Cleveland trials three-hour parking   

REDLAND City Council will increase parking time limits from two hours to three hours in parts of Cleveland CBD under a six-month trial.
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The in-principle decision, made at this morning’s City Services committee, will affect Doig and Middle streets but not Bloomfield Street, one of the city‘s main retail hubs.

Over the next six months, council officers will consult local businesses and other CBD stakeholders on the extra hour to determine whether the three-hour limits will remain.

The move was prompted after councillors asked for a report into parking problems in Cleveland in February.

Cr Craig Ogilvie, whose Division 2 covers Cleveland, called for a decision to be deferred until officers had conducted a “scientific analysis” of where relaxations should be applied.

He said the CBD and the economy had changed since 2003 when an external report recommended increasing time limits from two to four hours.

But an officer told the committee there was no money in the budget for an external report, tipped to cost upwards of $50,000.

Instead, the officer recommended the council’s Business and Tourism Support unit conduct a survey to determine the optimum parking time limits for the CBD.

The officer said instigating an immediate trial would cost the council about $5000 to make new signs, plus the added costs of installing and then removing them once the trial was over.

Mayor Karen Williams suggested running the trial while consulting businesses on the changes and compiling the findings by February before permanent decisions were made.

“People have been consulted to death,” Cr William said.

“If we go back and do another consultation we will only be told what we already know and, frankly, we need to show the local business community we are going to take some action – so we just need to do it.”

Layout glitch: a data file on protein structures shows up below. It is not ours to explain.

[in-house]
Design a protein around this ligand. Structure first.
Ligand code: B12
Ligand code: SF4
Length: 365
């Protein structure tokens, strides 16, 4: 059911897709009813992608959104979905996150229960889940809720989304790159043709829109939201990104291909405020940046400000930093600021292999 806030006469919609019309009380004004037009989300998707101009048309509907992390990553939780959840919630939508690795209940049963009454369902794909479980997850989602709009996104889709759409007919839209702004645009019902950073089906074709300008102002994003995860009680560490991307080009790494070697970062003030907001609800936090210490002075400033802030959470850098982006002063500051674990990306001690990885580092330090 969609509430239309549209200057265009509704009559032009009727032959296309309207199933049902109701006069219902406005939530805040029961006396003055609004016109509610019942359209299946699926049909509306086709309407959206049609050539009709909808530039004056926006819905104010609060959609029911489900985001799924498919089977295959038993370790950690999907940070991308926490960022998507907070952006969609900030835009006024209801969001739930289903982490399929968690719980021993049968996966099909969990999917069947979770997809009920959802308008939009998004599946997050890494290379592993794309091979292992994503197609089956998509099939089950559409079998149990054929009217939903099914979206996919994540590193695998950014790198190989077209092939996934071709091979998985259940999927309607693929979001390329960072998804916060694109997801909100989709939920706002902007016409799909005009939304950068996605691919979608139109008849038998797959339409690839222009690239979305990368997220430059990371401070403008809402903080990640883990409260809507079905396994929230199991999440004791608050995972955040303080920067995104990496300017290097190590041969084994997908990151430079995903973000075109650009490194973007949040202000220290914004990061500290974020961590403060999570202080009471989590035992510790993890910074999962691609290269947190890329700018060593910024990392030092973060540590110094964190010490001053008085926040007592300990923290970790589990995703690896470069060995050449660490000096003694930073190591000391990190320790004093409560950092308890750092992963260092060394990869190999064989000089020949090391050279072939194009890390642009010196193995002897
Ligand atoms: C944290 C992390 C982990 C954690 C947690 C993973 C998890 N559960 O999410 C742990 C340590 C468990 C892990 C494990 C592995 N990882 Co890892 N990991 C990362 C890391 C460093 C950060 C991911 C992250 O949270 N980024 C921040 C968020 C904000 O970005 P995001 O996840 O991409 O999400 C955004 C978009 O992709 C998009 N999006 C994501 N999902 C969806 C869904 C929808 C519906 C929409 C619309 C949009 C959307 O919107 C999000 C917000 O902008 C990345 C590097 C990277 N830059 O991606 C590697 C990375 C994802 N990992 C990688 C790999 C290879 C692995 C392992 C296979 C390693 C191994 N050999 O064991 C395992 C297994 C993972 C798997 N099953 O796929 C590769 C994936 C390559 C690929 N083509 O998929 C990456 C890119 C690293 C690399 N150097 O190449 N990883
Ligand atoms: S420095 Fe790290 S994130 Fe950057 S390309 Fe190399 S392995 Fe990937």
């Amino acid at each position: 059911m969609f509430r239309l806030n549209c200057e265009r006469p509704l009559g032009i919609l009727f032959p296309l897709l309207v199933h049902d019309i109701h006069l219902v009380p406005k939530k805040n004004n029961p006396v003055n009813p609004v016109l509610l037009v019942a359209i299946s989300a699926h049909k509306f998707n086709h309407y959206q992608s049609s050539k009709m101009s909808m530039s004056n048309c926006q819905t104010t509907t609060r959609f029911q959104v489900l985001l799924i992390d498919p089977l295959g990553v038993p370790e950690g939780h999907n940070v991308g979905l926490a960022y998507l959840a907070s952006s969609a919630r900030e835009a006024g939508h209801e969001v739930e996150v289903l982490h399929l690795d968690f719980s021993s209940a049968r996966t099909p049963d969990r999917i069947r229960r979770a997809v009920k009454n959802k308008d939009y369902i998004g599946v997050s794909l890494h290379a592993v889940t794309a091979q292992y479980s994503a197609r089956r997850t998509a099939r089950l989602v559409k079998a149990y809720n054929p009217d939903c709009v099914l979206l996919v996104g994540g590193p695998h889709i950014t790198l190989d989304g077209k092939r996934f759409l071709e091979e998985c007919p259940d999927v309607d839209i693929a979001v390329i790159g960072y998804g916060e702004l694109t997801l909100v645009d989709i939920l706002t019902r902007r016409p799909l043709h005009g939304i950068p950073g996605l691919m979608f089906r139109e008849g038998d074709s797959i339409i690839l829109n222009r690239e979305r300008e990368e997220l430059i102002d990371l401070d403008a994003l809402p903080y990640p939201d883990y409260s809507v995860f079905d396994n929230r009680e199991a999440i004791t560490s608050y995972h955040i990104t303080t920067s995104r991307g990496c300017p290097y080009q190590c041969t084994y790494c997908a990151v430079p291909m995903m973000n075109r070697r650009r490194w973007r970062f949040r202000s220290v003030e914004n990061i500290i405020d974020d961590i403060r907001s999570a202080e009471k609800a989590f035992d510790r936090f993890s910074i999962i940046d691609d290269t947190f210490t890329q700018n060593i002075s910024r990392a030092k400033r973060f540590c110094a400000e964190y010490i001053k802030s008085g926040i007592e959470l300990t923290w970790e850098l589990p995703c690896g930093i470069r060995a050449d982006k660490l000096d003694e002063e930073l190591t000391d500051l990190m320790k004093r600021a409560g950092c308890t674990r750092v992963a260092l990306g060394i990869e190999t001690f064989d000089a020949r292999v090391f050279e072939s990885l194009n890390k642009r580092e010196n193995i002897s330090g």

The mayor was happy to compromise and instead of implementing the trial in Bloomfield, confined the changes to Doig and Middle streets.

Division 7 councillor Murray Elliott, who voted against extending time limits, said the council should reduce the limits after a 2003 survey found the average parking time in Cleveland was 40 minutes.

Cr Murray said Stockland Shopping Centre had two-hour parking limits to ensure a higher turnover of customers.

“People who need more than two hours should park further away and walk in,” he said.

“Longer parking limits are not going to increase economic development in Cleveland they are only going to push shoppers out further.

“There are less people shopping in Cleveland and to change these restrictions is wasting public money and is not going to improve business,” Cr Murray said.

The Cleveland CBD has 2088 parking spaces, 1298 of which are off-street and 790 are on-street.

Of the off-street spaces, 696are all-day parking, 448 are for three hours, 151 are for two hours and there are three for one hour.

Of the on-street parking, there are 318 all-day parks, 13 four-hour spots, 60 for three hours, 367 for two hours, 16 for 30minutes, 10 for 15minutes and six for 10minutes.

The matter will go before the full council on Wednesday, August 29, at 10am.

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For the rest of the story and your views, read Friday’s Redland Times 

Redland City Council plans to increase parking limits in parts of Cleveland from two hours to three hours under a six-month trial.

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